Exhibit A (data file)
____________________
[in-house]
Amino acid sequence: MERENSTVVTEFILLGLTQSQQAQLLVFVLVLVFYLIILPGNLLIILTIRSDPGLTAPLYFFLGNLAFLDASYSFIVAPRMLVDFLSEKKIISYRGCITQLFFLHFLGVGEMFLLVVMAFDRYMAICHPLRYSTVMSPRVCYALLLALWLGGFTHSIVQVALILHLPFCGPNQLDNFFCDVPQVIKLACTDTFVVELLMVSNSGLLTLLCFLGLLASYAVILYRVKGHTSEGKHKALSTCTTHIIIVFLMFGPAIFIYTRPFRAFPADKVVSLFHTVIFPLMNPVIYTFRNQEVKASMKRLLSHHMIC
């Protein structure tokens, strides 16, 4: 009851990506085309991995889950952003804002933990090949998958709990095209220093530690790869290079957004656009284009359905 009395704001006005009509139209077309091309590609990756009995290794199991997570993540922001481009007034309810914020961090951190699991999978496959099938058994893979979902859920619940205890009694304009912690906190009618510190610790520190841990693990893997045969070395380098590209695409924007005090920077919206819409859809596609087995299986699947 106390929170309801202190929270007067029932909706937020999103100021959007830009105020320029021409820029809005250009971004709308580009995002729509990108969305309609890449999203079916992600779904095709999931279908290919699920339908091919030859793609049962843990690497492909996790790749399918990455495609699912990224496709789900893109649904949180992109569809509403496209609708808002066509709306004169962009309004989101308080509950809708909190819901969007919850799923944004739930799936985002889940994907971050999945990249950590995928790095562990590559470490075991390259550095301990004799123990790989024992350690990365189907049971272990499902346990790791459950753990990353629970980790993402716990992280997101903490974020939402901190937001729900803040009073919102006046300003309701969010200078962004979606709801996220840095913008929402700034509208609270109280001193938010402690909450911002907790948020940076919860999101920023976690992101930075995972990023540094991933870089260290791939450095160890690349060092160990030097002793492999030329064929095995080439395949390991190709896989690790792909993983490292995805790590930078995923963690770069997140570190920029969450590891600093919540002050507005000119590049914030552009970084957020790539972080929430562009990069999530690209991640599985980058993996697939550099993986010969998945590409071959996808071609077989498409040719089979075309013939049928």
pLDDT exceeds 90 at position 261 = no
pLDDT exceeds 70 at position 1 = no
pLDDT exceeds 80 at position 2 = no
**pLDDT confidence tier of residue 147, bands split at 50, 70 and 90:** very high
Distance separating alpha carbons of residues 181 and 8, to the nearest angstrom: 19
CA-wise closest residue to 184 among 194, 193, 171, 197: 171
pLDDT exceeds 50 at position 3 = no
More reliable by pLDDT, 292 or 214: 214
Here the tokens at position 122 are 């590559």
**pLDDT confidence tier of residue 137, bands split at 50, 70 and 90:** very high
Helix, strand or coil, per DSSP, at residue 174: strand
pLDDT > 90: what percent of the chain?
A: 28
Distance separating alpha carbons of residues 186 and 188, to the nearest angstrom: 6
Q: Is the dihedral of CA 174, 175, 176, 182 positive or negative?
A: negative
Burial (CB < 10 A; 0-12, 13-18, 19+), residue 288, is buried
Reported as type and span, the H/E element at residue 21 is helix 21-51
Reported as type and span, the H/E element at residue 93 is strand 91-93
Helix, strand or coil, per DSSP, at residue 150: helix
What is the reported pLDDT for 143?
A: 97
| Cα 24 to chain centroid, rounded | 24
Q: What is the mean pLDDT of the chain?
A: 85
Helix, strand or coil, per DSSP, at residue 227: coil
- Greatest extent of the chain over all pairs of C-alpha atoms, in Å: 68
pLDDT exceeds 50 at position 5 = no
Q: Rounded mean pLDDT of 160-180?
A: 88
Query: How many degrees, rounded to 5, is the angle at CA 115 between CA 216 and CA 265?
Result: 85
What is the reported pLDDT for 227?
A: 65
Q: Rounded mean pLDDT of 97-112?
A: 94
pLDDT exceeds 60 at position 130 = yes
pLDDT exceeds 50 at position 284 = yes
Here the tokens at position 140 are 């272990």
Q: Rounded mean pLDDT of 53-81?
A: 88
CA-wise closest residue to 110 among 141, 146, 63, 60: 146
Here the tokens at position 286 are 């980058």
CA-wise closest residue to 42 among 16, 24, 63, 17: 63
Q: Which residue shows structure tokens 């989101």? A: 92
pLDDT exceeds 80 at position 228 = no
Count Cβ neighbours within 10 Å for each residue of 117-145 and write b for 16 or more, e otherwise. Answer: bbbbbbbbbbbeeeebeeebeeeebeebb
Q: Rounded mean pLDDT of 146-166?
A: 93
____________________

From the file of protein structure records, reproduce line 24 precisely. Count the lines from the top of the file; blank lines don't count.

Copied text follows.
What is the reported pLDDT for 143?